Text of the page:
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Sunday, January 30, 2011

Natural Disasters: Australian Floods

The recent floods that devastated large parts of the Australian state of Queensland have far-reaching implications not only for the victims themselves but also for the entire Australian working/income generating community.

The flood victims have to start their lives literally from scratch with their homes and furniture almost totally destroyed if not totally destroyed. These houses and items are rarely covered under insurance as floods are classified as 'Act of God' in most cases.

There is now also the possibility of the wider Australian community being affected by the floods. These are the taxpayers, that is those who are in the Australian workforce. They can be Australian Citizens, Permanent Residents or anyone else who is working/doing business in Australia and who is paying tax off their income. The Prime Minister, Julia Gillard, is proposing a flood levy (like a tax), and most middle to high income earners will have to fork out a sum of money to help with the flood cleanup and assistance. At the end of the day, people's income will be reduced as a result of 'helping out' their mates in Queensland. Sentiments are split with some people agreeing with the flood levy proposal while many others are against it.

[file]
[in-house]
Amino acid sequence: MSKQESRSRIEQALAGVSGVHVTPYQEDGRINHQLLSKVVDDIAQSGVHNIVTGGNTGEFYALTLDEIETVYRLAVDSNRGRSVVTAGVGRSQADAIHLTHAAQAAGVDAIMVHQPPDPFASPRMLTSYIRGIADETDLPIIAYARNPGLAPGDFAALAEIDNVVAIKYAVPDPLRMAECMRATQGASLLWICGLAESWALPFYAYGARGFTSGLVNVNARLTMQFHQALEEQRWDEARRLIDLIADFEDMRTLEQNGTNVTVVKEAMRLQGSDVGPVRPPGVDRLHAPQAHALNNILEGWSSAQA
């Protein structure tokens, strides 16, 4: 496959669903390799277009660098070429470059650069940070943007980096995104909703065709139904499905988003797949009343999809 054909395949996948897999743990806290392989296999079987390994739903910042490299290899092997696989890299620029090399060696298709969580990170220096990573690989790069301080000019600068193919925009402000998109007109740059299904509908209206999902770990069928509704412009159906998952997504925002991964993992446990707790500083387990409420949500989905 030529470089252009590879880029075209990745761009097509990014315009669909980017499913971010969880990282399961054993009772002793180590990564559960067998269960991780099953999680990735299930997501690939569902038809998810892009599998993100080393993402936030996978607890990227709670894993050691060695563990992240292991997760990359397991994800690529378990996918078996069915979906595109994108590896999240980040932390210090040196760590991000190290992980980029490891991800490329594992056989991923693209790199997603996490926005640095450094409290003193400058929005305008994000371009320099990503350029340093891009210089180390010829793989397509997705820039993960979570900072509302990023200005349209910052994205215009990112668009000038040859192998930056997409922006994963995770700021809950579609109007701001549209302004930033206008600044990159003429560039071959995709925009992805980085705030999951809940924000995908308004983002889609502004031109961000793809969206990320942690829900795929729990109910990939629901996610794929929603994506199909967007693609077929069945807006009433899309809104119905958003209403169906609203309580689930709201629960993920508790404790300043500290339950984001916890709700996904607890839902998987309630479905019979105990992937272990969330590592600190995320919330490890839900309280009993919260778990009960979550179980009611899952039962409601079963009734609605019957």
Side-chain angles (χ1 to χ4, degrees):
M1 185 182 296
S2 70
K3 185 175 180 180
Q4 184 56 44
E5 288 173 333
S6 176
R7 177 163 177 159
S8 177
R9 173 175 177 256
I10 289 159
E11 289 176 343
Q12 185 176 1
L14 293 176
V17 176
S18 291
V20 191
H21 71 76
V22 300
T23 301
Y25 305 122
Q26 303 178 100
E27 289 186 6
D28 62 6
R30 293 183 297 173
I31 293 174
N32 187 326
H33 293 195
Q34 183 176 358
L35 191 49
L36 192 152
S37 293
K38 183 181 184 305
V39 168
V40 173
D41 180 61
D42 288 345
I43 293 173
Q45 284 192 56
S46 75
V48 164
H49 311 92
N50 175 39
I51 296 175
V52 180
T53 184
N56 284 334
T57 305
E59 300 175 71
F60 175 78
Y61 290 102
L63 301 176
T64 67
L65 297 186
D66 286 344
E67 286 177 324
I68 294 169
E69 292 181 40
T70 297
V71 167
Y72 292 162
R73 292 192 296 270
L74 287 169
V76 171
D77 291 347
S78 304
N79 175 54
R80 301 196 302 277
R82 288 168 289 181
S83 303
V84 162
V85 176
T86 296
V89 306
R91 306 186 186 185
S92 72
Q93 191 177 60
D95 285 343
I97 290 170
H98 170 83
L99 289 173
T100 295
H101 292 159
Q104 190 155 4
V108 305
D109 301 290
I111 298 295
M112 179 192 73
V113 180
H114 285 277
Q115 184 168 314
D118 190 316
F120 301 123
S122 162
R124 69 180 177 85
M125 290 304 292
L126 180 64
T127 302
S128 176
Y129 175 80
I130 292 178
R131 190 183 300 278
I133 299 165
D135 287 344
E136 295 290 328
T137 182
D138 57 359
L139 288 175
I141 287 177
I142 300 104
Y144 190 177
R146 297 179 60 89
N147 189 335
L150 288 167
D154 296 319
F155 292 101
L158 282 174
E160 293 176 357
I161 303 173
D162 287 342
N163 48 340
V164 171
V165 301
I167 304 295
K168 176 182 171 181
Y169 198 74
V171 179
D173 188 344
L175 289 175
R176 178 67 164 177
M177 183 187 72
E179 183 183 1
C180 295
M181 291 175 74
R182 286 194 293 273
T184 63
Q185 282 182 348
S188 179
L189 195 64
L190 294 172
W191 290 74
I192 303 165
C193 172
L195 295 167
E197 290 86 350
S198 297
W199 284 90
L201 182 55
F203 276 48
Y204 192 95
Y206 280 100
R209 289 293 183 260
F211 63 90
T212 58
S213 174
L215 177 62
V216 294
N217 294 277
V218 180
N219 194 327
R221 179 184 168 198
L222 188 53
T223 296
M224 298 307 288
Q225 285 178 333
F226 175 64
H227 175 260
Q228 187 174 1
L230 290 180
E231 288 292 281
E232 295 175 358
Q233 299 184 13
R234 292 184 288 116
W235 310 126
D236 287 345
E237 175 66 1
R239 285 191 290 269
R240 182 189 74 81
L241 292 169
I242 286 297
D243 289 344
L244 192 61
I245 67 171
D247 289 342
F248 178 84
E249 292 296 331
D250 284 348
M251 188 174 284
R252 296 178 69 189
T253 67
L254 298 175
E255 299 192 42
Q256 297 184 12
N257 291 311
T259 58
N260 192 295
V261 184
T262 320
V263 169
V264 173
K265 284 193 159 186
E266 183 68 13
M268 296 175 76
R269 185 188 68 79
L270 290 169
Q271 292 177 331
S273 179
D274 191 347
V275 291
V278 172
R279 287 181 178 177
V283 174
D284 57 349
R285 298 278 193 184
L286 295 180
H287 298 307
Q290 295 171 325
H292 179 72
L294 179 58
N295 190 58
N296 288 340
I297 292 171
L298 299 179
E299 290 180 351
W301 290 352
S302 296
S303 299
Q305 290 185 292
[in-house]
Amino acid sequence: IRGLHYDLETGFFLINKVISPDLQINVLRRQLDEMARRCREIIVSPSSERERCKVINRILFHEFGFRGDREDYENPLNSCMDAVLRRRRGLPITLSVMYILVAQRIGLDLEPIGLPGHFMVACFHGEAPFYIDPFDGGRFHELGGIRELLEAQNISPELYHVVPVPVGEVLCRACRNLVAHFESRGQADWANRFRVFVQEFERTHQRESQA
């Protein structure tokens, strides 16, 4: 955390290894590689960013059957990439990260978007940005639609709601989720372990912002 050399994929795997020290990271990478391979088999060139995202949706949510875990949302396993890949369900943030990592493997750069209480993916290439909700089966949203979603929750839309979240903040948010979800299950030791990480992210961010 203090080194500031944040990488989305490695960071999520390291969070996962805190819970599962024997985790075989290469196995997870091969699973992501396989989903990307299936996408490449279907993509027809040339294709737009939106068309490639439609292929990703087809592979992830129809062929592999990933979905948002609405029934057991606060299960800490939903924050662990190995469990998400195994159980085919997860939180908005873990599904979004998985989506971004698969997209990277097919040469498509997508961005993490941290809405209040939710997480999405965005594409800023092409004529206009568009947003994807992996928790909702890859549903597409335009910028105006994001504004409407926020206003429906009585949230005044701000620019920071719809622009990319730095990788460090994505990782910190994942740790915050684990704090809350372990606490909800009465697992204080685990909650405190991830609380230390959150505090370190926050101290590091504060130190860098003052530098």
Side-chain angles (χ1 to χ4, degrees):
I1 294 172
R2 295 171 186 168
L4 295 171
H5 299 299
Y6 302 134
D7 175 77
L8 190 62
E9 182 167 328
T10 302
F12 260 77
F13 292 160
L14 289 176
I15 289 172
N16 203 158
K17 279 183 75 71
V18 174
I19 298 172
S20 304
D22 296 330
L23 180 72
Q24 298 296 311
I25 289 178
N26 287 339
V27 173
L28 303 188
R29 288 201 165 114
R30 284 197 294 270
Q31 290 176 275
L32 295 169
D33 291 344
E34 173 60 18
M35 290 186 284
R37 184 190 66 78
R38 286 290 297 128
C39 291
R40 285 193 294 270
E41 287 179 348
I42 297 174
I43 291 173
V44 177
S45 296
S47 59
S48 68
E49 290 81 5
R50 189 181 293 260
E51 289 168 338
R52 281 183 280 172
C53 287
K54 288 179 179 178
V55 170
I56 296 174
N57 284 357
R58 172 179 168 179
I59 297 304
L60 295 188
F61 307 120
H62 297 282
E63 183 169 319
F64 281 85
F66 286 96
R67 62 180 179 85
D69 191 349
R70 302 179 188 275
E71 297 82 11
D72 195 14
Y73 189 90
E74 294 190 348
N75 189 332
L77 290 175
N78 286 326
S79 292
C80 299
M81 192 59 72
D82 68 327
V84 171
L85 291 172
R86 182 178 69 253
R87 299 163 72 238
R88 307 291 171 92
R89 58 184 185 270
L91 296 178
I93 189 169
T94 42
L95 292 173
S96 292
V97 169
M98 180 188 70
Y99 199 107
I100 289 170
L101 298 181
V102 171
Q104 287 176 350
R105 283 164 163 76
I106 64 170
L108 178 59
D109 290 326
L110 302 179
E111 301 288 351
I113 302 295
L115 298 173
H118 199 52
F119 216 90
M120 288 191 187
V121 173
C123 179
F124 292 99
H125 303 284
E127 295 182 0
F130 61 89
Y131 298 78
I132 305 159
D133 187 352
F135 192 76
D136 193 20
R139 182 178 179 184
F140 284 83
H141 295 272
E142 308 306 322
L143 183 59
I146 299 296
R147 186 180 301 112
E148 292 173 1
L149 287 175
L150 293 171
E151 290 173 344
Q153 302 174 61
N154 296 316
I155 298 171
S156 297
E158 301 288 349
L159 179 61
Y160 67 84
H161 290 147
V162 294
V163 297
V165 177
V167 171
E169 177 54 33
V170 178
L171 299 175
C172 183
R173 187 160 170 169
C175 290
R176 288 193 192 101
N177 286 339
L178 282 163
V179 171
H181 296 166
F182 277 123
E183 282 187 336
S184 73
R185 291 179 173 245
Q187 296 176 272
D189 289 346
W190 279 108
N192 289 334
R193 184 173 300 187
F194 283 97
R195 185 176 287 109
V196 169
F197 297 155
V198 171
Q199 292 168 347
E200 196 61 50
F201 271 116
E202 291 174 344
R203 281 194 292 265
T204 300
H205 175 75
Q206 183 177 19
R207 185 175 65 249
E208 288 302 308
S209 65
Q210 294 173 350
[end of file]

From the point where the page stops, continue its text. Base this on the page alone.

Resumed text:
smiling17 said...

In my perspective, the measures taken by the Australian government in introducing the tax policy towards the middle and high income citizens could be beneficial and has a number of advantages. On the other hand, the government has to be cautious in proceeding with this by evaluating the situation throughly and making sure that the sum the middle and high wage earners have to contribute is of a right amount as this figure could spark a controversial issue among the government and the people itself. The governent has to keep an eye on the contributers reaction to this as well as keeping in mind the fact that these naturals disasters are inevitable and are logically bound to happen again sooner or later. Therefore, the main question is how much would the citizens have to contribute and whether the levy proposed will always be something they have to face whenever there's natural disasters of such scale? If the Australian government thinks that this may be the right approach, it is always better to think again before coming to a hasty conclusion.

Anonymous said...

Cant agree more with you Smiling17, you are spot on with the comments.

Observer said...

And now something like a sequel, there is a huge possibility of a big cyclone hitting the north east parts of QLD. More trouble it seems for them.